For a long time, Roman ideal sculptures have primarily been studied within the tradition of Kopienkritik. Owing to some of the theoretical assumptions tied to this practice, several important aspects of Roman visual culture have been neglected as the overall aim of such research has been to gain new knowledge regarding assumed Classical and Hellenistic models. This thesis is a collection of three studies on Roman ideal sculpture. The articles share three general aims: 1. To show that the practice of Kopienkritik has, so far, not produced convincing interpretations of the sculpture types and motifs discussed. 2. To show that aspects of the methodology tied to the practice of Kopienkritik (thorough examination and comparison of physical forms in sculptures) can, and should, be used to gain insights other than those concerning hypothetical Classical and Hellenistic model images. 3. To present new interpretations of the sculpture types and motifs studied, interpretations which emphasize their role and importance within Roman visual culture.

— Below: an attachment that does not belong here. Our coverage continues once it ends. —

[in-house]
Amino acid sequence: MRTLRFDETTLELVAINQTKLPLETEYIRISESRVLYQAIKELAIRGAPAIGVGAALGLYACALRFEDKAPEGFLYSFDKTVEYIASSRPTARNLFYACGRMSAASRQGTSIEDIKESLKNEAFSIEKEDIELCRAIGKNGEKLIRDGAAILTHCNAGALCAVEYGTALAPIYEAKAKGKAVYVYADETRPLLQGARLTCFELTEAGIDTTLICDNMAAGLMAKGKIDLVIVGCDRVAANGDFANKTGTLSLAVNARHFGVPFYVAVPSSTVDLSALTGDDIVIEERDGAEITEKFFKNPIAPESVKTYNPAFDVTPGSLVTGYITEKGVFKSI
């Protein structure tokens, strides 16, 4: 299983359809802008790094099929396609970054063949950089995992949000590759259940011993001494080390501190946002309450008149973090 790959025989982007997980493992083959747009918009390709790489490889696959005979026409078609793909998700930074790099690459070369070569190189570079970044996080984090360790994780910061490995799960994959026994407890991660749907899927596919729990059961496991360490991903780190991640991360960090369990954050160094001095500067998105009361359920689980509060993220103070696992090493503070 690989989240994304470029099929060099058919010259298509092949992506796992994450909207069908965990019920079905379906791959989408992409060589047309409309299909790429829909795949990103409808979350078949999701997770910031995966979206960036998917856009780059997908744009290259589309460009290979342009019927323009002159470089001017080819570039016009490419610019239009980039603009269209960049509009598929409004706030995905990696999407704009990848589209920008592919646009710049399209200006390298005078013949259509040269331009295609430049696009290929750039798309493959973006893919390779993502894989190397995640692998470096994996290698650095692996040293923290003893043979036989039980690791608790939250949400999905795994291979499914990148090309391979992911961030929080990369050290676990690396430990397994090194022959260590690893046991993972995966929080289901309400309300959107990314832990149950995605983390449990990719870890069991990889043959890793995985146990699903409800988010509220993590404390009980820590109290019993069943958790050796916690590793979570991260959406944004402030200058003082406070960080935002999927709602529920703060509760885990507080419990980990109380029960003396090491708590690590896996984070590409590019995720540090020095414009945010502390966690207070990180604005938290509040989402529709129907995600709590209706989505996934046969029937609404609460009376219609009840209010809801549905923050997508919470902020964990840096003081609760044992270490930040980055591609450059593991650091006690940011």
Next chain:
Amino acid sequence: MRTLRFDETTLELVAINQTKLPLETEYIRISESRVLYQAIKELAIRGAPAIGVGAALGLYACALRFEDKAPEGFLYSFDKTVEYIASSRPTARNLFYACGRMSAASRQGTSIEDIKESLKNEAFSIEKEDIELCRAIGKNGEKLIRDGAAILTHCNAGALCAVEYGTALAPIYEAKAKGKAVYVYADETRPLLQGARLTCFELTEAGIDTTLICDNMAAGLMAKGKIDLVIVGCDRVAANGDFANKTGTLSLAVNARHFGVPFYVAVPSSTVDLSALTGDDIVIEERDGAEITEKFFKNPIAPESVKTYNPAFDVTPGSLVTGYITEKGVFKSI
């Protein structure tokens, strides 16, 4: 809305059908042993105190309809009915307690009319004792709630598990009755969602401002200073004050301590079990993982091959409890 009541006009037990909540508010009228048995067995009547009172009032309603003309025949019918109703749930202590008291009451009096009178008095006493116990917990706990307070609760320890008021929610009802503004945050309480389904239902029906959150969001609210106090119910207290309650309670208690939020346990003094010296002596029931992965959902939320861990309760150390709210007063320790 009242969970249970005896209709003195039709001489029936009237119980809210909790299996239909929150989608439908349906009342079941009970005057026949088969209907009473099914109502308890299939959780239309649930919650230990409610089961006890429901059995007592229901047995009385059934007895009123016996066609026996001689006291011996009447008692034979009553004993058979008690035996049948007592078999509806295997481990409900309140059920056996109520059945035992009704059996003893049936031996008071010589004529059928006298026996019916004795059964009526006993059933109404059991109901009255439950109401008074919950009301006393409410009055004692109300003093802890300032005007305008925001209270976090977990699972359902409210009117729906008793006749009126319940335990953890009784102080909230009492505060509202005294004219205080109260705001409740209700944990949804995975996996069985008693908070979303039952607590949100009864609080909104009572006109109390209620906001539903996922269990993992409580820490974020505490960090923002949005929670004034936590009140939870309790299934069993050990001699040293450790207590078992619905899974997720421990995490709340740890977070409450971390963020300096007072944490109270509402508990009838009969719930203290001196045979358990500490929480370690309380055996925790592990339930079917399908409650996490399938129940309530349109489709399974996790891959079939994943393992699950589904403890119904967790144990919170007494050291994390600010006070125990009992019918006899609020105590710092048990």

The first article shows that reputed, post-Antique restorations may have an unexpected—and unwanted—impact on the study of ancient sculptures. This is examined by tracing the impact that a restored motif ("Satyrs with cymbals") has had on the study of an ancient sculpture type: the satyr ascribed to the two-figure group "The invitation to the dance". The second article presents and interprets a sculpture type which had previously gone unnoticed—The satyrs of "The Palazzo Massimo-type". The type is interpreted as a variant of "The Marsyas in the forum", a motif that was well known within the Roman cultural context. The third article examines how, and why, two motifs known from Classical models were changed in an eclectic fashion once they had been incorporated into Roman visual culture. The motifs concerned are kalathiskos dancers, which were transformed into Victoriae, and pyrrhic dancers, which were also reinterpreted as mythological figures—the curetes.